SOCHI, RUSSIA - FEBRUARY 22: Zach Parise #9 of the United States looks on in the third period against Finland during the Men's Ice Hockey Bronze Medal Game on Day 15 of the 2014 Sochi Winter Olympics at Bolshoy Ice Dome on February 22, 2014 in Sochi, Russia.

U.S. players ’embarrassed’ after blowout loss


After losing 1-0 against Canada, the Americans still wanted to bring at least something back home with them. They just simply couldn’t.

Finland handed them a crushing 5-0 loss in the bronze medal game and left the U.S. players in no mood to sugarcoat things after an Olympics that started with such promise and ended so badly.

“I’m not proud at all right now,” American forward Max Pacioretty told the Pittsburgh Tribune-Review’s Dejan Kovacevic. “I don’t think anyone is. We were playing for a medal and didn’t show up.”

That’s a sentiment his teammates certainly seem to agree with.

“Disappointed,” Parise said. “A little embarrassing with what was on the line for is the last two days and not play well.”

The game certainly didn’t start terribly for the Americans. They out-shot Finland in the first period, but Parise confessed that they started to get frustrated after Teemu Selanne and Jussi Jokinen opened the contest up with goals just 11 seconds apart. As the game progressed and the United States’ chances of winning a medal diminished, that frustration only built until the team collapsed entirely.

There’s plenty of blame to go around, but obviously you can’t win if you don’t score. America had 20 goals in their first four Olympic games before being shutout of back-to-back contests. Parise’s assessment of why they dried up offensively was blunt.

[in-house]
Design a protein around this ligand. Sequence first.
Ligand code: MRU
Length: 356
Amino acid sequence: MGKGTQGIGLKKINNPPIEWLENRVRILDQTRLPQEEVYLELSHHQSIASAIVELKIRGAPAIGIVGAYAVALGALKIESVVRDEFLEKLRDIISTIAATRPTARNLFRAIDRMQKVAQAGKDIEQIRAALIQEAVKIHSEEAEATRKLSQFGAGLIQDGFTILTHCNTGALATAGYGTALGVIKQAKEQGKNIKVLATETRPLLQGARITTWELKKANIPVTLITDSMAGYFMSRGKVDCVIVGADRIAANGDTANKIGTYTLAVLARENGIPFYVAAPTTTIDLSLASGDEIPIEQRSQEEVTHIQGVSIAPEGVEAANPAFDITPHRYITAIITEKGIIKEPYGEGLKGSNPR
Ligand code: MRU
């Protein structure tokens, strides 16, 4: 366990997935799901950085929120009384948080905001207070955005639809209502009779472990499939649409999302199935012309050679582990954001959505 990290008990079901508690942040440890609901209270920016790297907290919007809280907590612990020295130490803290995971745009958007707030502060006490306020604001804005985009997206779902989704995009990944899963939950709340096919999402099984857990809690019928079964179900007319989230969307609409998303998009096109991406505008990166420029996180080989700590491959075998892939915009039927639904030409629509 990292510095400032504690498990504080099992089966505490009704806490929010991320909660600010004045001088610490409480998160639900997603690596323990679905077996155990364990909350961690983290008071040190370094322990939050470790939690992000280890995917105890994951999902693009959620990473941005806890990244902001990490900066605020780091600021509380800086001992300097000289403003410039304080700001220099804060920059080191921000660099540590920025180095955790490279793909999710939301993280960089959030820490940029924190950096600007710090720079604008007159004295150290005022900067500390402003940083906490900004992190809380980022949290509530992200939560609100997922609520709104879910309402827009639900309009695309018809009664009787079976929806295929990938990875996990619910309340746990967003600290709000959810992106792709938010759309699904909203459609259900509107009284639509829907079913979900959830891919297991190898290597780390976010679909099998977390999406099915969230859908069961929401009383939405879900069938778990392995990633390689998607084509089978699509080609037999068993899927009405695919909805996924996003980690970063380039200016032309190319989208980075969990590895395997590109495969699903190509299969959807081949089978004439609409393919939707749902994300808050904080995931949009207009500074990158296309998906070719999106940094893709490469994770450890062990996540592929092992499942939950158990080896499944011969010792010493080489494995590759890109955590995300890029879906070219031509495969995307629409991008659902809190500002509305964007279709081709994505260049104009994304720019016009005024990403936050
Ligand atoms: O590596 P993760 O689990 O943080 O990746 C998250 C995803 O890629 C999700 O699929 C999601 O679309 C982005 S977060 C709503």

“We played better teams,” Parise told Puck Daddy’s Greg Wyshynski.

The sting from this end will linger for a while. Perhaps it’s good that the United States has four years before it needs to bounce back.


Just Finn, baby: Finland medals again, routs U.S. for bronze

Two-for-two: Another successful coach’s challenge as Sens reverse Kane’s goal

Dave Cameron
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Coaches are quickly getting the hang of this challenge thing.

Following Mike Babcock’s successful challenge in Toronto’s opening-night loss to Montreal on Wednesday, Babcock’s provincial rival — Sens head coach Dave Cameron — got it right as well, successfully reversing Evander Kane‘s would-be equalizer in the third period.

From the league:

At 10:34 of the third period in the Senators/Sabres game, Ottawa requested a Coach’s Challenge to review whether Buffalo was off-side prior to Evander Kane’s goal.

After reviewing all available replays and consulting with NHL Hockey Operations staff, the Linesman determined that Buffalo’s Zemgus Girgensons was off-side prior to the goal. According to Rule 78.7, “The standard for overturning the call in the event of a ‘GOAL’ call on the ice is that the Linesman, after reviewing any and all available replays and consulting with the Toronto Video Room, determines that one or more Players on the attacking team preceded the puck into the attacking zone prior to the goal being scored and that, as a result, the play should have been stopped for an “Off-side” infraction; where this standard is met, the goal will be disallowed.”

Therefore the original call is overturned – no goal Buffalo Sabres.

The clock is re-set to show 9:32 (10:28 elapsed time), when the off-side infraction occurred.

As the league later noted, this was the first coach’s challenge under the offside scenario.

Video: Eichel’s first career NHL goal


Didn’t take long for Jack Eichel to make his mark at the NHL level.

The No. 2 overall pick at this year’s draft scored his first-ever NHL goal in his first-ever NHL game on Thursday night, cutting Ottawa’s lead to 2-1 in the third period of Buffalo’s season-opener.

Marcus Foligno and another new Sabre, Evander Kane, registered the assists on Eichel’s marker, which came on the power play.